At least six dozen people have died and more than 100 injured after a series of suicide bombings struck Shia regions of Iraq, intensifying fears the country is sinking into a sectarian civil war, according to reports.
Shia Muslims were targeted in the Sadr City and Kadhimiyah neighborhoods of Baghdad, as well as parts of southern Iraq, including Nassiriya where pilgrims were attacked.
A police officer in Baghdad told Reuters: There was a group of day laborers gathered, waiting to be hired for work. Someone brought his small motorcycle and parked it nearby. A few minutes later it blew up, killed some people, wounded others and burned some cars.”
A local laborer named Ahmed told Agence France Presse: Political leaders fight each other for power, and we pay the price.
Despite the nature of the killings and the identity of the victims, a spokesman for the Baghdad army, Major General Qassim al-Moussawi, told reporters that it would be premature to speculate who was behind what appears to be a well-coordinated campaign of mass murder.
Thursday’s carnage represented the worst brutality in Iraq since 60 people were killed by explosions in late December in Baghdad.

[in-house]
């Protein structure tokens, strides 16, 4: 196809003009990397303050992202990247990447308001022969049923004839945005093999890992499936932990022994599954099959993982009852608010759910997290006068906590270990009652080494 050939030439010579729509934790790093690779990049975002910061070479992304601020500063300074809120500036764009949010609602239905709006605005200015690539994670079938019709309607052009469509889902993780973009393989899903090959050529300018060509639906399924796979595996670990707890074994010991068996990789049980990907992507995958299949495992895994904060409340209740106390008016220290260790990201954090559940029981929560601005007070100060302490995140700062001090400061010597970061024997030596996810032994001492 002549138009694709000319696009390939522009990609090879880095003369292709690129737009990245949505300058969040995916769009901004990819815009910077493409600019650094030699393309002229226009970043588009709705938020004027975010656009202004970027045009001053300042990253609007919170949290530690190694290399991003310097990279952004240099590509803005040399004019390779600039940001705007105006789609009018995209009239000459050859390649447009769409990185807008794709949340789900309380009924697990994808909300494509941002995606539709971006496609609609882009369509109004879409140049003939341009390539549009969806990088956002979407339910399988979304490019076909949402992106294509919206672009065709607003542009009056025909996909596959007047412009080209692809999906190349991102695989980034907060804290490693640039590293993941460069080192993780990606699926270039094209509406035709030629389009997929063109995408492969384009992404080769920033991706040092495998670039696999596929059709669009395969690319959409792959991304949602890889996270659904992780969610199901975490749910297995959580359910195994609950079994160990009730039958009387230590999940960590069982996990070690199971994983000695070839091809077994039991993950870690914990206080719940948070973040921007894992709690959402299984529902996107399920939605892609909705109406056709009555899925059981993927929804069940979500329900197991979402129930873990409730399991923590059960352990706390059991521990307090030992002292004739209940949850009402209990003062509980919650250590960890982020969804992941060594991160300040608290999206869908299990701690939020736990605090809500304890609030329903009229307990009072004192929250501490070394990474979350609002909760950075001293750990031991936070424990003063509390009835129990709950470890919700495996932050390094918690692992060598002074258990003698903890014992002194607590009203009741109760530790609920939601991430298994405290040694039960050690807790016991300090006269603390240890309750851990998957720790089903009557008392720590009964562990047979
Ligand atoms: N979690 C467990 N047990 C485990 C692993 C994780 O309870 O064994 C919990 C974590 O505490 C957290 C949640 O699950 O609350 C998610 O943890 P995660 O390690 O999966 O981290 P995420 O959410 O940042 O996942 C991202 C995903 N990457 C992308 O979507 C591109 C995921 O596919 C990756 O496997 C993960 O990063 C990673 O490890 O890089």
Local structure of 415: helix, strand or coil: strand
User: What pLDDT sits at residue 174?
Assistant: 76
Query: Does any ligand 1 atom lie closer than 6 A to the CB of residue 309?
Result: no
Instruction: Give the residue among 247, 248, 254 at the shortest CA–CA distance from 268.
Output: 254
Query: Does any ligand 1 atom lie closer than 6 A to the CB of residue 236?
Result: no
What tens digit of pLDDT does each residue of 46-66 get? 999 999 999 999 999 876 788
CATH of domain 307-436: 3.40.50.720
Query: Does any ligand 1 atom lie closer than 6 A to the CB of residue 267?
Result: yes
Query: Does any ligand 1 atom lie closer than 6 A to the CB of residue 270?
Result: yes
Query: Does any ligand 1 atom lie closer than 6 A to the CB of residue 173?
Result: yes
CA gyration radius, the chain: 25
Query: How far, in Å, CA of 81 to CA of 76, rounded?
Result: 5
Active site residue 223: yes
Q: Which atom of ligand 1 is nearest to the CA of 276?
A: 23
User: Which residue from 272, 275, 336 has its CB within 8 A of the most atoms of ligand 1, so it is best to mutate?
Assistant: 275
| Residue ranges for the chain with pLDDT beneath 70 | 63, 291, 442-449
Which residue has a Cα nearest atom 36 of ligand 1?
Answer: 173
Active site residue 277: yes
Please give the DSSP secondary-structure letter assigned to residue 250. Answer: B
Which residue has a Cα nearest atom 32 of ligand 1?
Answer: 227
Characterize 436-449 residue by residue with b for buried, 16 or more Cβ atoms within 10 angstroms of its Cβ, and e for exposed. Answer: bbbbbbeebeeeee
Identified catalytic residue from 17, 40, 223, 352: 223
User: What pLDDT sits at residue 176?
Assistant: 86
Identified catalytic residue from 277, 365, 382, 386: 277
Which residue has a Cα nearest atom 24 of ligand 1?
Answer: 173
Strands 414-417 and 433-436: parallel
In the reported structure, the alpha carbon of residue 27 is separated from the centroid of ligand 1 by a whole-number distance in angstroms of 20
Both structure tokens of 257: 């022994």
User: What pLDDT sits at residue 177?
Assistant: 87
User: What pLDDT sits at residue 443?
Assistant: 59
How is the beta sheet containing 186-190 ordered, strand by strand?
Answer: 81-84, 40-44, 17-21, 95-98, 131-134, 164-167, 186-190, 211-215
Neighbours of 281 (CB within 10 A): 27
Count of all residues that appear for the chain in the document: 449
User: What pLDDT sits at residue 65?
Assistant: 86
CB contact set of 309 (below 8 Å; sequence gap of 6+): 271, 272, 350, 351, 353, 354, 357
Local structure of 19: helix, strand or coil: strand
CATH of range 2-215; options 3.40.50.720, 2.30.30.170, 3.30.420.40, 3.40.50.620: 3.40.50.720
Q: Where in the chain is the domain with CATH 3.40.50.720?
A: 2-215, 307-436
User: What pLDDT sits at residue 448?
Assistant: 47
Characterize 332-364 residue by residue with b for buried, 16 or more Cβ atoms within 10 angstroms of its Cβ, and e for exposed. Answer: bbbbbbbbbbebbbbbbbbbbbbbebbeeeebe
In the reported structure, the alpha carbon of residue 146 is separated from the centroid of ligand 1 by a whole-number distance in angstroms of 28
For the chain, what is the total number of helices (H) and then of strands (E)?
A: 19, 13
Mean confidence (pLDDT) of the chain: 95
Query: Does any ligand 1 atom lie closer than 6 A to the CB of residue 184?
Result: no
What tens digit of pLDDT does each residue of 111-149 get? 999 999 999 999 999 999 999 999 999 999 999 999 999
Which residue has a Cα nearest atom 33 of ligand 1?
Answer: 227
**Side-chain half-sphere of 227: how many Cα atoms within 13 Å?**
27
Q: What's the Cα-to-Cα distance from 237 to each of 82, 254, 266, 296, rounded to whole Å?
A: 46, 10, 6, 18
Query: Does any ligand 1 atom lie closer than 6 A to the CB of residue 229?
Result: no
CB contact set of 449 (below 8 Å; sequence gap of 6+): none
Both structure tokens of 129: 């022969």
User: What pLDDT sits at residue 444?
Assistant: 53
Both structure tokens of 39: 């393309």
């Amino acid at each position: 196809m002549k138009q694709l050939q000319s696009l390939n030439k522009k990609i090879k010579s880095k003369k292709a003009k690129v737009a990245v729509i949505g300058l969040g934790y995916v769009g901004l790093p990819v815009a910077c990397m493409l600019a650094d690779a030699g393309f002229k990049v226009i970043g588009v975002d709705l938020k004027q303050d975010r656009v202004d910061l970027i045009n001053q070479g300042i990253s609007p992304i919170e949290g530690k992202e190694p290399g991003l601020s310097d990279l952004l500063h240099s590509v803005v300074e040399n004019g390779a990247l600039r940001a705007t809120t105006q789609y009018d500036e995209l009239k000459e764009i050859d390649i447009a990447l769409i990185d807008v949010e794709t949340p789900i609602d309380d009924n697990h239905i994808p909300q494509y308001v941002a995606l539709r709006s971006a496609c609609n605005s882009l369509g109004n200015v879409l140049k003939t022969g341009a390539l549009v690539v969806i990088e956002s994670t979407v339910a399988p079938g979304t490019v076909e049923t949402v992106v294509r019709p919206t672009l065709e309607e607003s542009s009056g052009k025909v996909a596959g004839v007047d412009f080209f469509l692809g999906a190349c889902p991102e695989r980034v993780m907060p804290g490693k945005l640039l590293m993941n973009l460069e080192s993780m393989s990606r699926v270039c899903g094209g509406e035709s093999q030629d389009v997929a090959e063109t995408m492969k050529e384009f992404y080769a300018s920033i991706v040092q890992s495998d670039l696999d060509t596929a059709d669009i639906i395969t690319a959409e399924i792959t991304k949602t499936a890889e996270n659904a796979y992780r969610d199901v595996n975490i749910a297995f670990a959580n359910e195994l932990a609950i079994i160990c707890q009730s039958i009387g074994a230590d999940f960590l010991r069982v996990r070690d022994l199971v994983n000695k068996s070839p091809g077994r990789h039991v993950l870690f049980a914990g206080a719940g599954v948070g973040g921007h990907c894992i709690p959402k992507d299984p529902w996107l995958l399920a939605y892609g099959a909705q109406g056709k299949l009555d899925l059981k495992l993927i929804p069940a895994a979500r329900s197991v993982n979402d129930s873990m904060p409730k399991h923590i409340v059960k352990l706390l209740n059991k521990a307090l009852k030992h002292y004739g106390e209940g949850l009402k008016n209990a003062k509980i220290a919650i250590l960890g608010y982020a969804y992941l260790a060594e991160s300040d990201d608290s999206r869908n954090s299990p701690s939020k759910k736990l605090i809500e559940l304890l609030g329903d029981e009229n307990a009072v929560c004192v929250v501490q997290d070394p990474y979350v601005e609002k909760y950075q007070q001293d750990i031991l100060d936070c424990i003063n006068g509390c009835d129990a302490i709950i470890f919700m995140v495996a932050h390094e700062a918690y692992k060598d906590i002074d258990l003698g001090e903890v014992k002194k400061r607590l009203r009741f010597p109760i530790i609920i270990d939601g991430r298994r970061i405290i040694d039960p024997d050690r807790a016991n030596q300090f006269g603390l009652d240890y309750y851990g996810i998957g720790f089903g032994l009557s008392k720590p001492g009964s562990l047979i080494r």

Iraq is dominated by Shia Muslims, but has a sizable Sunni minority. The cabinet of Prime Minister Nouri al-Maliki is also run by Shias. Last month he issued an arrest warrant for the most prominent Sunni politician in Iraq, vice-president Tariq al-Hashemi, who is reportedly hiding out in the Kurdish-dominated north, where he is under protection.
Sunni politicians in Baghdad are effectively boycotting parliament, citing that Maliki is seeking to minimize or eliminate their influence in government.
With the departure of U.S. troops in December, the security situation in Iraq remains extremely dire and worrisome.